Schulman's parents, as co-administrators of his estate, filed a survival and wrongful death action against the Medinas and Town in Illinois state court. Occidental, Town's insurer, defended the action and ultimately settled with Schulman's estate for the full limits of Town's $1 million policy, less some subrogation claims. The settlement agreement also included the entry of a consent judgment of $2 million against the Medinas and Town. The estate agreed that the payment by Occidental satisfied the first $1 million of the consent judgment, and that the second $1 million would be satisfied, if at all, by Guillermo's policy with Clarendon.
Clarendon denied coverage. It relied primarily on an exclusion in Guillermo's policy that provided, "[t]his insurance does not apply to . . . [a] covered `auto' while in the business of anyone to whom the `auto' is rented." As an alternative basis for its denial, Clarendon alleged that Guillermo failed to notify it of the accident and lawsuit in a timely fashion as required by the policy. Clarendon, properly invoking diversity jurisdiction, see 28 U.S.C. § 1332, sought a declaration of its obligations from the district court for the Northern District of Illinois. The parties to that action cross-moved for summary judgment. Defendants Town, the Medinas, and Schulman's estate argued that the exclusion in the Clarendon policy did not apply. They
The district court granted Clarendon's motion and denied the defendants' motion. The district court held that "by operation of federal regulations and basic principles of contract law," the COA constituted a lease such that the Volvo was "rented" to Town at the time of the accident. The district court discussed at length the federal motor carrier regulations governing leases, which it determined the COA materially complied with. It found "it highly implausible that a document which comports with all of the applicable federal regulations for a lease between carrier and lessor was not intended to, in fact, constitute such a lease." The district court was untroubled by Guillermo's lack of titular ownership of the truck because undisputed facts showed that he "used the truck with Maria's express knowledge and permission, and entered into an agreement with Town Trucking regarding its use with her knowledge and permission." It further noted that defendants had not provided any legal authority supporting their theory that only the titular owner of a chattel has the authority to rent it to another.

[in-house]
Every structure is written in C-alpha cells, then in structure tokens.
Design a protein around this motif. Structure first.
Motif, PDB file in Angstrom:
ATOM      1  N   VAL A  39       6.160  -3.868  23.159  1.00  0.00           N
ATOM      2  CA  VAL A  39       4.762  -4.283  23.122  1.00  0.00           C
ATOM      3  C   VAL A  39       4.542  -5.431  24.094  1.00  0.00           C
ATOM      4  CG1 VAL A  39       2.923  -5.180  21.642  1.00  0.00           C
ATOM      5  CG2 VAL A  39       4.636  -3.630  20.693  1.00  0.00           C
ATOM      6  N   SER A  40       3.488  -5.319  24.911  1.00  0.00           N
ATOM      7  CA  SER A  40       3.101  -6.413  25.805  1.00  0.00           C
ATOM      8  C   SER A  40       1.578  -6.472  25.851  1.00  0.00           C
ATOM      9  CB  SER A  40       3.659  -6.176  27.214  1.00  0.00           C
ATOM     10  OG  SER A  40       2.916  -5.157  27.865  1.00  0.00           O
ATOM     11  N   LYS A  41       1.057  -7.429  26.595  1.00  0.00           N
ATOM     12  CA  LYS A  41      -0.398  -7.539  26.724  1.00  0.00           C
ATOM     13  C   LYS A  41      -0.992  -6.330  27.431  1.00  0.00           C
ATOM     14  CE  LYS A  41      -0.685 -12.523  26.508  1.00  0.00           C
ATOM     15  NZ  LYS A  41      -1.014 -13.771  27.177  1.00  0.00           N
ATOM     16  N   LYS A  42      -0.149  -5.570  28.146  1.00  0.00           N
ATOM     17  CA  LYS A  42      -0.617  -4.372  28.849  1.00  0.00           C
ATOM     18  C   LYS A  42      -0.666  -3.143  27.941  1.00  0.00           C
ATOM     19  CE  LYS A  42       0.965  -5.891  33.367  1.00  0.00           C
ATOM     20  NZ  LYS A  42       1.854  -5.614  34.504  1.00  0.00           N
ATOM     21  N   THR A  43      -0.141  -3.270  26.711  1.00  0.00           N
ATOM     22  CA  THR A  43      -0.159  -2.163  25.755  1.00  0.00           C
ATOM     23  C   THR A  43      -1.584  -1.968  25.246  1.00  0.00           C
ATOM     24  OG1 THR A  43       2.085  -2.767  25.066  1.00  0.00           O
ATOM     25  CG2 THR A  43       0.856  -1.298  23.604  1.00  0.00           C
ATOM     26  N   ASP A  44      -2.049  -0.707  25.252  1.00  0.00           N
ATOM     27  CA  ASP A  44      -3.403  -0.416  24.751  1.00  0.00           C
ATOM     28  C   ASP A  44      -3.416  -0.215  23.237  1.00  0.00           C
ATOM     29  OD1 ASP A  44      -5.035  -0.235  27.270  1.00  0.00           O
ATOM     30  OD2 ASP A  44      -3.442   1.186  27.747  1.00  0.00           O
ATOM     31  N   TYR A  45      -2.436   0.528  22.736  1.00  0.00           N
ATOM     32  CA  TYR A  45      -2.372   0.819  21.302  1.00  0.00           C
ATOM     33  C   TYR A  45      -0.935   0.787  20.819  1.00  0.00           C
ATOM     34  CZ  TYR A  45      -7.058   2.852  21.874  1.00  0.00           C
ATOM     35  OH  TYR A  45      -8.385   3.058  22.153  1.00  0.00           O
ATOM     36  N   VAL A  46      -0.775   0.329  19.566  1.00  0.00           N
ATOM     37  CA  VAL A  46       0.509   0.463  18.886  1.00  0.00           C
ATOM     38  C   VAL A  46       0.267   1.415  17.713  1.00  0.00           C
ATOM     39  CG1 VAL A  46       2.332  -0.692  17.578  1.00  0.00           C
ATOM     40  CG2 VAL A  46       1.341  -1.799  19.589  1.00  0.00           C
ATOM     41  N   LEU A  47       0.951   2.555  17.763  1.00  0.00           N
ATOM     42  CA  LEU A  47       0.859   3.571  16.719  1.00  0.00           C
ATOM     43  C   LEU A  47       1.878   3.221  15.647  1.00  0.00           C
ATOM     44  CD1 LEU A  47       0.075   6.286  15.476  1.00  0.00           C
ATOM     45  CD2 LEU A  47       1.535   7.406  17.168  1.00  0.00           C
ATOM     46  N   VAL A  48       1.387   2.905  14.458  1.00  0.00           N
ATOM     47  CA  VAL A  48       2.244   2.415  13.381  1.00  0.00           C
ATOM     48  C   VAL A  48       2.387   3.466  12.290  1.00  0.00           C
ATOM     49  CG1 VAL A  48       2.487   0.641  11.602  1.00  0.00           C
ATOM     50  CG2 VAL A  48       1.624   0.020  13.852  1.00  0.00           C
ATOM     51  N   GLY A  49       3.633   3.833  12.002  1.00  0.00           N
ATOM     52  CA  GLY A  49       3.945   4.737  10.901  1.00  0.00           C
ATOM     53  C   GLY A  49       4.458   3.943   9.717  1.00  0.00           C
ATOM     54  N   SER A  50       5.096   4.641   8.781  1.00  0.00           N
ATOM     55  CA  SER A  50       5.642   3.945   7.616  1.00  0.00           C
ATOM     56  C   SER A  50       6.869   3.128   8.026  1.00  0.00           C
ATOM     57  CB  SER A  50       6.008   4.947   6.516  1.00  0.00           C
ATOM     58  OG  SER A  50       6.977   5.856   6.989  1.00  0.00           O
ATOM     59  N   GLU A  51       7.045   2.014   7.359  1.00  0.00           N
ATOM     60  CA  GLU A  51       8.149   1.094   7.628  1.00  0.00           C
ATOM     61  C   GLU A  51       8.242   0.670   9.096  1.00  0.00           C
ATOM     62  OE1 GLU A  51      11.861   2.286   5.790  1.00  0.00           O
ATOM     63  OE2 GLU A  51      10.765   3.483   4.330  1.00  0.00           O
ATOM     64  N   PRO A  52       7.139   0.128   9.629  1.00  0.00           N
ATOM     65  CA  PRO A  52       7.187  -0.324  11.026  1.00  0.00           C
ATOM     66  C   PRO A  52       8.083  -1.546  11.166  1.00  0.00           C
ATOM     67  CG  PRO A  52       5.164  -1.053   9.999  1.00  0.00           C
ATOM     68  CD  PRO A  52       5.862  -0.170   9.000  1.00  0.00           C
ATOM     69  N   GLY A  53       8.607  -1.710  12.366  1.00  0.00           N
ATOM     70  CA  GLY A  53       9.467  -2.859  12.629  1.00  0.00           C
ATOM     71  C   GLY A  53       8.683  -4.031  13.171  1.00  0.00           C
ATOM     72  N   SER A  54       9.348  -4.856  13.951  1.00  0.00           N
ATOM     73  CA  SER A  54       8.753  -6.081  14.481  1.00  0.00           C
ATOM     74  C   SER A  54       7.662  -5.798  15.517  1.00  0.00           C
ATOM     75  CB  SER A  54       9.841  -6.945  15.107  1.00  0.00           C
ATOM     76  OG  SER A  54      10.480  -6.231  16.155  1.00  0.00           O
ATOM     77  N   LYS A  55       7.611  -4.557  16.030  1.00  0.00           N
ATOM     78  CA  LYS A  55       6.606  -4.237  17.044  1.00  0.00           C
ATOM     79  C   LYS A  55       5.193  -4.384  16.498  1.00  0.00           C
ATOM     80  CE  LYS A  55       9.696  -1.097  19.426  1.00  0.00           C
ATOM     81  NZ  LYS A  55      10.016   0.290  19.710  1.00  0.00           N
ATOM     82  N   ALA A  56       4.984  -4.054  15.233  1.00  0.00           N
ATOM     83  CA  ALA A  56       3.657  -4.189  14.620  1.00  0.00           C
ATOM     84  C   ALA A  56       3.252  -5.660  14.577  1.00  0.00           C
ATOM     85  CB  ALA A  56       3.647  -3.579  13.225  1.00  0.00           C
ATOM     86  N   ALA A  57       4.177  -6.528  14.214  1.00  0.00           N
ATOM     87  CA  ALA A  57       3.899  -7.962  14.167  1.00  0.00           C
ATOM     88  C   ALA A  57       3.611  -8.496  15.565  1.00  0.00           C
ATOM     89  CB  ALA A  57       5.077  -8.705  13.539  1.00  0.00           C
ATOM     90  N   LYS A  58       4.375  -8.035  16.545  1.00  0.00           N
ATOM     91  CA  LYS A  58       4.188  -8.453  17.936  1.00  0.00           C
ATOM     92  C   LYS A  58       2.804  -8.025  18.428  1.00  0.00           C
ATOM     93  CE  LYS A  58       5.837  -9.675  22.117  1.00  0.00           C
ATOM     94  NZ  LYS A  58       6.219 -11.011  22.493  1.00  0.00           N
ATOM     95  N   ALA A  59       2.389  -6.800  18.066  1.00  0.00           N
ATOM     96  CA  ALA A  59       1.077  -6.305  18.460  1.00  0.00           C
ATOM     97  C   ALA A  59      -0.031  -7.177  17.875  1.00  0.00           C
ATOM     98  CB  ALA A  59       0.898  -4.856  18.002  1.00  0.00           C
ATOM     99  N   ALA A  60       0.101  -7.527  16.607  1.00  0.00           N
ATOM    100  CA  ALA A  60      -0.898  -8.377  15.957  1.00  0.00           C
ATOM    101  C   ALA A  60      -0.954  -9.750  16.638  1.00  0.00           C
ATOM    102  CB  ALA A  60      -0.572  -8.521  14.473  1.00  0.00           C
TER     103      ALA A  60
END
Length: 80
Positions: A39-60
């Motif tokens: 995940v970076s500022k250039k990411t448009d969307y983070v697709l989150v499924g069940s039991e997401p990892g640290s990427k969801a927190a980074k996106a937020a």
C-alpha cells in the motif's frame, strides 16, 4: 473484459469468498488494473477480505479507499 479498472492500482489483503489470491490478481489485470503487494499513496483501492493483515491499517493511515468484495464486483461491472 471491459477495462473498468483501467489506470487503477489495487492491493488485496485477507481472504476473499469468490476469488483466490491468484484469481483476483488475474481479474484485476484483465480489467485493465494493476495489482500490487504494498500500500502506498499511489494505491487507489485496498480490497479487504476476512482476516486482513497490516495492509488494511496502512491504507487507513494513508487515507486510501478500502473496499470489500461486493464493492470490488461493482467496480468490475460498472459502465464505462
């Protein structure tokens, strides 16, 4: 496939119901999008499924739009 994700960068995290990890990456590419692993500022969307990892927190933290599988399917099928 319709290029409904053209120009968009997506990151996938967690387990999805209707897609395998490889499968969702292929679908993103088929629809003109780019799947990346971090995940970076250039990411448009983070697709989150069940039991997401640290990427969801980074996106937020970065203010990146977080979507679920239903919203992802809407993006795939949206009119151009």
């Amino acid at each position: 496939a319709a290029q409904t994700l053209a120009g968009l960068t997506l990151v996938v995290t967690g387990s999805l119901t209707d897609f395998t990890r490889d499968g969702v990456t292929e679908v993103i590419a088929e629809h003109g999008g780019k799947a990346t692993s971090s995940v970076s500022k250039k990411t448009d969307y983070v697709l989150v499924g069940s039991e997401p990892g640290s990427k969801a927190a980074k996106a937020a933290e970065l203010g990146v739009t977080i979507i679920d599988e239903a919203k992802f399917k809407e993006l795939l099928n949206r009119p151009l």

We review the district's resolution of cross-motions for summary judgment de novo. E.g., Cogswell v. CitiFinancial Mortg. Co., 624 F.3d 395, 398 (7th Cir. 2010). In doing so, we construe all reasonable inferences in favor of the party against whom the motion under consideration was made. Id. Here, that is the defendants. Summary judgment is appropriate only if the movant—Clarendon— "shows that there is no genuine dispute as to any material fact and the movant is entitled to judgment as a matter of law." Fed.R.Civ.P. 56(a).
The parties agree that Illinois law governs this diversity action (notwithstanding the emphasis they place on the federal motor carrier regulations). In Illinois, insurance policies are contracts; the general rules governing the interpretation and construction of contracts govern the interpretation and construction of insurance policies. Hobbs v. Hartford Ins. Co. of the Midwest, 214 Ill.2d 11, 291 Ill.Dec. 269, 823 N.E.2d 561, 564 (2005). Illinois courts aim to ascertain and give effect to the intention of the parties, as expressed in the policy language, so long as doing so does not contravene public policy. Id. In doing so, they read the policy as a whole and consider the type of insurance purchased, the risks involved, and the overall purpose of the contract. State Farm Mut. Auto. Ins. Co. v. Villicana, 181 Ill.2d 436, 230 Ill.Dec. 30, 692 N.E.2d 1196, 1199 (1998). If the policy language is unambiguous, courts apply it as written. Hobbs, 291 Ill.Dec. 269, 823 N.E.2d at 564. Policy terms that limit an insurer's liability are liberally construed in favor of coverage, but only when they are ambiguous, or susceptible to more than one reasonable interpretation. Id.; see also Rich v. Principal Life Ins. Co., 226 Ill.2d 359, 314 Ill.Dec. 795, 875 N.E.2d 1082, 1090 (2007).